I live to garden. It is by far my favorite hobby. I find it utterly satisfing to transform dull and empty spaces into a small oasis for human/animal consumption. That consumption can be in the form of sensory experiences through sight, smell and touch or in the form of literal feeding, herbs for the humans and nectar for the birds, bees and butterflies.
I don’t wait until late May to start gardening, instead I start in January. First I devour every seed catalog aloug that I can get my hands on. I salivate at all the beautiful varieties that exist and envison all the beauties in my yard. Then I order the seeds and wait for their arrival. When the seeds arrive I start to make landscape drawings of what I already have and where the new stuff is going to go. I plant the seeds, put them under grow lights and wait for the baby seedlings to begin to emerge. The whole process is so delicate and particular, and needs just the right conditions to happen. Sometimes I am really good, or the seeds were an easy variety. Other times I fail miserably. I suppose that is part of the fun for me, to try something and see if I can make it happen.
All of this is leading me to the fact that I peruse through nurseries long before many people even think about going out, I am early bird if you will. I ended up at a nursery about a month ago and they barely had any plants but I wanted to look around and find something to buy. A few years ago this same nursery had donated a bunch of plants to me for the garden that I maintain at the cemetery where all my patients have their babies buried.
I looked around and found the perfect thing for a new bed that I had just dug at home. I took it to the cashier and she rang me out. A woman walked by and saw what I purchased and opened her phone to show me the same plant and what it looked like after three years in her garden. As she walked away I asked the cashier who the woman was and she said “the owner” and I immediatly regretted not asking sooner, I would have thanked her for her donation. Instead I told the cashier that I was very appreciative of her boss and that she had donated a bunch of flowers to a burial site specific for miscarried babies.
The cashier who was in her late 50s to early 60s said “Oh, that is near and dear to my heart”. This happens often to me and then the person usually tells me how many years ago they suffered a miscarriage and there weren’t any services or programs set up back then and how nice it is that we do things for families now who are going through this type of loss. Except that’s not what she said. “My daughter died of a brain tumor five years ago she said”.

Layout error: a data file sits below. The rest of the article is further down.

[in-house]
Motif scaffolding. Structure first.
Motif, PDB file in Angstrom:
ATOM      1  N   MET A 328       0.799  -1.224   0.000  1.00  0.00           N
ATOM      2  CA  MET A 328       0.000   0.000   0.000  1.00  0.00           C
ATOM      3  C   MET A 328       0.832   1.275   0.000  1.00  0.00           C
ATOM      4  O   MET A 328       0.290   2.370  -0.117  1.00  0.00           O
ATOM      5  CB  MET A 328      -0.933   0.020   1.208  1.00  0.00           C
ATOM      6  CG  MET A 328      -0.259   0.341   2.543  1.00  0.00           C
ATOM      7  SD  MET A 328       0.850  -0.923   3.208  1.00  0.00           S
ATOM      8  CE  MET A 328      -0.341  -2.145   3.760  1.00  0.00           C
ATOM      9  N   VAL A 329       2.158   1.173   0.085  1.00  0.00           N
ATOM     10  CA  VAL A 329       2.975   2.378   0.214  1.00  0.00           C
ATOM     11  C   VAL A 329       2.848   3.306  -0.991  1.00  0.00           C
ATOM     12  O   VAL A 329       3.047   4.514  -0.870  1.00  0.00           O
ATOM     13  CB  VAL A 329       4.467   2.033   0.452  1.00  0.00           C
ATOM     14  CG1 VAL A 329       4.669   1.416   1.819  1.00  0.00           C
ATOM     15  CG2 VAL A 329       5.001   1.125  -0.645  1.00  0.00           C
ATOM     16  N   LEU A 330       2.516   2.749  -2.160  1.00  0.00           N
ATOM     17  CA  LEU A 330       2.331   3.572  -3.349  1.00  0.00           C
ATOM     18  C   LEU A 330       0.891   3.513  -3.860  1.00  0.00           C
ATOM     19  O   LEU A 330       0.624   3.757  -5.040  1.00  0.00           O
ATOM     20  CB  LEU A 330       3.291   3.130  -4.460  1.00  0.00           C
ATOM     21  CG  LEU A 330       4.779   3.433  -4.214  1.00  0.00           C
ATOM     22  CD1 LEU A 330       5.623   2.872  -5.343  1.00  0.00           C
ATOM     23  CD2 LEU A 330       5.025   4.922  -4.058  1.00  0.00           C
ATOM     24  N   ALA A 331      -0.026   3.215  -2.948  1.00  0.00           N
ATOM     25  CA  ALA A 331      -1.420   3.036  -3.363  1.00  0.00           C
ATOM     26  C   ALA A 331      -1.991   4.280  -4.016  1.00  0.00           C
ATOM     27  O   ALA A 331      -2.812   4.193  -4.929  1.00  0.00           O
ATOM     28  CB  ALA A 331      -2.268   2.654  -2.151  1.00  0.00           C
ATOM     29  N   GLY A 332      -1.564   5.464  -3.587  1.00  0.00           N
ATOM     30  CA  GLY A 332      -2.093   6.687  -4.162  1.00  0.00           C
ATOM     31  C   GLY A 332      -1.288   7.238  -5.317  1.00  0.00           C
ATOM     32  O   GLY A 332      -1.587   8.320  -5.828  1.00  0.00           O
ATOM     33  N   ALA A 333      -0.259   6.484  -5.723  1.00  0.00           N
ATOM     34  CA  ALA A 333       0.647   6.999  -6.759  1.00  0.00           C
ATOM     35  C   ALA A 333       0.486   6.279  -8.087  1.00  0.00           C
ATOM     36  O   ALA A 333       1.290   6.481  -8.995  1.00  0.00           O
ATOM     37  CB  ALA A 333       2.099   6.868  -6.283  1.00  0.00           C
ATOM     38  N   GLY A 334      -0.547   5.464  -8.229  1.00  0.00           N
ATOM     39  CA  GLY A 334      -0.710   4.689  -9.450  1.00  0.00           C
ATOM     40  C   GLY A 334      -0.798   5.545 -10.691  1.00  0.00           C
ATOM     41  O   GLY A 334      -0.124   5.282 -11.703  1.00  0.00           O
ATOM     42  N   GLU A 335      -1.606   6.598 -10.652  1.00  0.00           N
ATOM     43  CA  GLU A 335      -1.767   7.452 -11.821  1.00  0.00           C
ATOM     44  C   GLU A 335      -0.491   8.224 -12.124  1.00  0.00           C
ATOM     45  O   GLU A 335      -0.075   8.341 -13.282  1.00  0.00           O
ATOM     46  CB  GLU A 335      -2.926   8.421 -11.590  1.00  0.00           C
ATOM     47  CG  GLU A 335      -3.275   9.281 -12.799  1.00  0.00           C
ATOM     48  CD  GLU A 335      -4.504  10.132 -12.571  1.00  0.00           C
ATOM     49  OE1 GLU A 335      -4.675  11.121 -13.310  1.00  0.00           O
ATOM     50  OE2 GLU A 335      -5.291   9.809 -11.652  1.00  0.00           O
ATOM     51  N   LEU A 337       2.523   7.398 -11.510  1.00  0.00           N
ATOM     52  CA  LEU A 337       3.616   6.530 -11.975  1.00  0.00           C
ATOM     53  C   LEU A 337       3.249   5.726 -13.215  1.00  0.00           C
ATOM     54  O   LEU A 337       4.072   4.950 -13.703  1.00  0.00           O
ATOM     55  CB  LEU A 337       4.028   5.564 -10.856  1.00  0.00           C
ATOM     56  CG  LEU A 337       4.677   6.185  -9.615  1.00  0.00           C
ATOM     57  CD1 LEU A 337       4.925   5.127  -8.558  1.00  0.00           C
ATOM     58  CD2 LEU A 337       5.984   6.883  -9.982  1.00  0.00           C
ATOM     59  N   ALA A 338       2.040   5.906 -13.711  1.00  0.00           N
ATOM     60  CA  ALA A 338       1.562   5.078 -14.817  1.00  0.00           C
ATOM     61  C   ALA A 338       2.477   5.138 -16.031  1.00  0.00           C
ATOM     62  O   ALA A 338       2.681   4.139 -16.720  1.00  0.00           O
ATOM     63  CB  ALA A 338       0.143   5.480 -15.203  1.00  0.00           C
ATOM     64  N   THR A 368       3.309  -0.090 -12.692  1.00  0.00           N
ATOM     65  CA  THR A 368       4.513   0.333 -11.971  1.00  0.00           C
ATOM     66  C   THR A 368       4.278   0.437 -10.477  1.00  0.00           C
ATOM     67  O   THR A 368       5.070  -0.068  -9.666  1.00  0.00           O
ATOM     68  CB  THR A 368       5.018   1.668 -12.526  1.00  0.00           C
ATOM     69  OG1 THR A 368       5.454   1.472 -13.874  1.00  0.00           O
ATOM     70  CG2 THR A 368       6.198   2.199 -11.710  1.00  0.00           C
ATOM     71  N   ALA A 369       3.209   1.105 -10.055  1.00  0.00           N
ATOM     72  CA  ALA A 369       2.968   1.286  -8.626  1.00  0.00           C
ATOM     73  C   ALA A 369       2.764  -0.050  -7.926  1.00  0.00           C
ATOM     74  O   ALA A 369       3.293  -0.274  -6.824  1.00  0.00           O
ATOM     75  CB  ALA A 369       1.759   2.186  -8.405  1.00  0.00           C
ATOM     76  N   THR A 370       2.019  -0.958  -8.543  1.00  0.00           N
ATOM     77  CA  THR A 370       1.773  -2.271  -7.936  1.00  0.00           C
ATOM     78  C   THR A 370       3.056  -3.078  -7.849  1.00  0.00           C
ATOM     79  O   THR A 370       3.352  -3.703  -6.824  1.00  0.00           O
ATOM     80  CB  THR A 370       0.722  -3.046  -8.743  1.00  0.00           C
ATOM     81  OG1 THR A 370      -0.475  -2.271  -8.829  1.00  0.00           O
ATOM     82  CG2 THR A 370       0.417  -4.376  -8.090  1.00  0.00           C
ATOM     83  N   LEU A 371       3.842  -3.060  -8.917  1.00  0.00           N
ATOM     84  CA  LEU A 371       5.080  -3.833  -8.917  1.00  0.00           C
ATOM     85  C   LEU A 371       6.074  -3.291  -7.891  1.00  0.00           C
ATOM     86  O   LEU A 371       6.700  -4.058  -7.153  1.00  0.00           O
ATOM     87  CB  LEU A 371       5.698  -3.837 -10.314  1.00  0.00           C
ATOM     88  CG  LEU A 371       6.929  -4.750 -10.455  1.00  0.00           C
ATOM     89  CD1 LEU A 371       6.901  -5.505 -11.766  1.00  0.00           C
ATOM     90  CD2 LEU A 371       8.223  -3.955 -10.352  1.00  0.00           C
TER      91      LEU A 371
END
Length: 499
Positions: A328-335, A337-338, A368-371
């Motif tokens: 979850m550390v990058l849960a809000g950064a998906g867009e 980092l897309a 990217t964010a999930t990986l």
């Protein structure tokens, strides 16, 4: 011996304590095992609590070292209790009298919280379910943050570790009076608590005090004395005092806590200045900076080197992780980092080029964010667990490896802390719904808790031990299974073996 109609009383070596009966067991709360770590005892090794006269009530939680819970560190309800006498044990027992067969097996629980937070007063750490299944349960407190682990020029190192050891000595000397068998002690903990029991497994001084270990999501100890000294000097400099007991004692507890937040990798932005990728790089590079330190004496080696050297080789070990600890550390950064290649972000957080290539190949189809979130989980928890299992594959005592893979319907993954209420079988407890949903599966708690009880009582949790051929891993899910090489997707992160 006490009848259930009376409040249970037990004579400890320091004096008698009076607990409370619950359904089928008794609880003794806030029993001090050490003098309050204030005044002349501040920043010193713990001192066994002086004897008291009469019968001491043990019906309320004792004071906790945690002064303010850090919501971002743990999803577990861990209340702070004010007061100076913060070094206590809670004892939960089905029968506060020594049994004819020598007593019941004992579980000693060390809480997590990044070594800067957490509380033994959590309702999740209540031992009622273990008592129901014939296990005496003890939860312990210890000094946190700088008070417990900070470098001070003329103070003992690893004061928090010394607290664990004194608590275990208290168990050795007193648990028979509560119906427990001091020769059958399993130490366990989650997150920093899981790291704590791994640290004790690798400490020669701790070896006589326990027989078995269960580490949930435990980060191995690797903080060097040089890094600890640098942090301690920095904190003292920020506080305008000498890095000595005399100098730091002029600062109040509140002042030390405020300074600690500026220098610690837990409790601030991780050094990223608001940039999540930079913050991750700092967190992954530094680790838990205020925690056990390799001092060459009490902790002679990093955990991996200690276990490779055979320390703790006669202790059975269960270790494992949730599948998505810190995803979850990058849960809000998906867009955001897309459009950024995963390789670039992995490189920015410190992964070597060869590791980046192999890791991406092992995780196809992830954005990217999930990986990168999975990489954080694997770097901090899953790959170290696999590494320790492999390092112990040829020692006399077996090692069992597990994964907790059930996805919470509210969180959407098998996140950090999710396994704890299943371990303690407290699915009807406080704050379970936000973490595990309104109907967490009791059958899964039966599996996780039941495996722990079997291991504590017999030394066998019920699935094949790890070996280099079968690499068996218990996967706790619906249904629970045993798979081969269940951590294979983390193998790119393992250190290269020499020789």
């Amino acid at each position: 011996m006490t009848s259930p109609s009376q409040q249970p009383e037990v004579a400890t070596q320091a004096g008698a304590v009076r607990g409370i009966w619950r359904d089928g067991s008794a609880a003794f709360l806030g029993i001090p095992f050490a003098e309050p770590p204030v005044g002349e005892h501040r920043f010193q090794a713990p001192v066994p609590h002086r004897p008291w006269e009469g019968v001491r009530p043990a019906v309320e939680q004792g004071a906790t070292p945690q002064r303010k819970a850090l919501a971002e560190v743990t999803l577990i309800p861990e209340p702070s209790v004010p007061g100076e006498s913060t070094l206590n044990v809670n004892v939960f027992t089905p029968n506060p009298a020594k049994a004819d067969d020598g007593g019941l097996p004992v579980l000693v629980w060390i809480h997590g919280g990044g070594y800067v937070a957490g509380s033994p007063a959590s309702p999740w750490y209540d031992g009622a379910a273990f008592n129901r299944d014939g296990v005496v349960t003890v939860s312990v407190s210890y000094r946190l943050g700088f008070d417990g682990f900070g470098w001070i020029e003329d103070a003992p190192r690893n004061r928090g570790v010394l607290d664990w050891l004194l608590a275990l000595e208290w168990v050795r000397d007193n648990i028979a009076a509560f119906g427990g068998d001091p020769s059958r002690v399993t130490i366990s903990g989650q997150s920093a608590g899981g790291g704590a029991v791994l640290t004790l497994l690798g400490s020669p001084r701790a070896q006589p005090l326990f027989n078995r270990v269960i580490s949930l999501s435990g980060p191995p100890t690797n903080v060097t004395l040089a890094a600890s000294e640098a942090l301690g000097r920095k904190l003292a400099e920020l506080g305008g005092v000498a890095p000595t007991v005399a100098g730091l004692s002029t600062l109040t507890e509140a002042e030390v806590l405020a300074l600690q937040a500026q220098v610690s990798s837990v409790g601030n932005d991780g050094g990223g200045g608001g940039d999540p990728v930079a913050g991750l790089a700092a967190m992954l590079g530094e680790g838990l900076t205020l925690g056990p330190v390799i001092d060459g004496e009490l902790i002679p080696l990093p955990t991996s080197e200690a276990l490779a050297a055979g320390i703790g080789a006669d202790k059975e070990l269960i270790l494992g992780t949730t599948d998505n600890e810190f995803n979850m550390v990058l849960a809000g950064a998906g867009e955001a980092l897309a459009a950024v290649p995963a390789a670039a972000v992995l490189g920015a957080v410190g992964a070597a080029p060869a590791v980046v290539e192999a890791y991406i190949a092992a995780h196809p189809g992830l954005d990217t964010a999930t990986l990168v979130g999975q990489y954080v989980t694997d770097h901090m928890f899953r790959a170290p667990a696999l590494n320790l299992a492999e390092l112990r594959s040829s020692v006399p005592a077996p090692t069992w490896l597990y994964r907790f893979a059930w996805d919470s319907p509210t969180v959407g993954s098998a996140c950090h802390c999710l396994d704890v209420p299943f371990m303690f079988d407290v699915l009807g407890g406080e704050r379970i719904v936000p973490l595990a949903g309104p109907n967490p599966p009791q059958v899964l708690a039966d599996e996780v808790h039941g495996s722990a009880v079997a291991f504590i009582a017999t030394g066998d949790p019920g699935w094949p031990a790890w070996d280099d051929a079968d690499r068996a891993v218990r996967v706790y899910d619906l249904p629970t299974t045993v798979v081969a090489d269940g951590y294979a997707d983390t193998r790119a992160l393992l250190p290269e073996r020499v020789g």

I just stared at her, shocked, trying in my mind to figure out how this was connected to miscarriage.
This might sound crazy, she said, but my other daughter who survived her sisters passing was having a really hard time with it all. One morning she called me and said “Mom, I dreamed of Casey (the sister who had died) last night, except it didn’t feel like a dream Mom it felt like she was actually visiting me.”
The surviving daughter explained how in the dream she cried and ran towards her sister when she saw her and said “Where are you, are you ok”? Casey responded that she was fine, she was great, and very busy. Busy doing what my younger daughter inquired. “I take care of the miscarried babies when they arrive in Heaven”she said. “Actually there is a baby named Benjamin coming right now so I have to go, tell Mom I love her and I’m fine”.
The cashier gushed about her beloved daughter Casey and how comforting it was to think of her somewhere else doing what she lived for; caretaking, loving and spreading kindness.
I told the cashier that I was diagnosed with a brain tumor, and asked her what kind her daughter had. Ependymoma she said. That’s the kind that I’m hoping not to have, it’s on my differential diagnosis list.
She told me that Casey would watch over me.
To be honest I didn’t find much comfort in that, I find more comfort in the idea that perhaps one day when I leave this body that I will have a friend on the other side, someone who can teach me how to caretake in a another realm, a new friend named Casey.
My friend Fran believes there is no such thing as coincidence. I don’t know what I think about that but my heart is full thinking that the sweet babies that I work with every day are not alone and are being taken care of.
My next scan is June 3rd. I’m glad gardening season is here, I always need a distraction the month before a scan…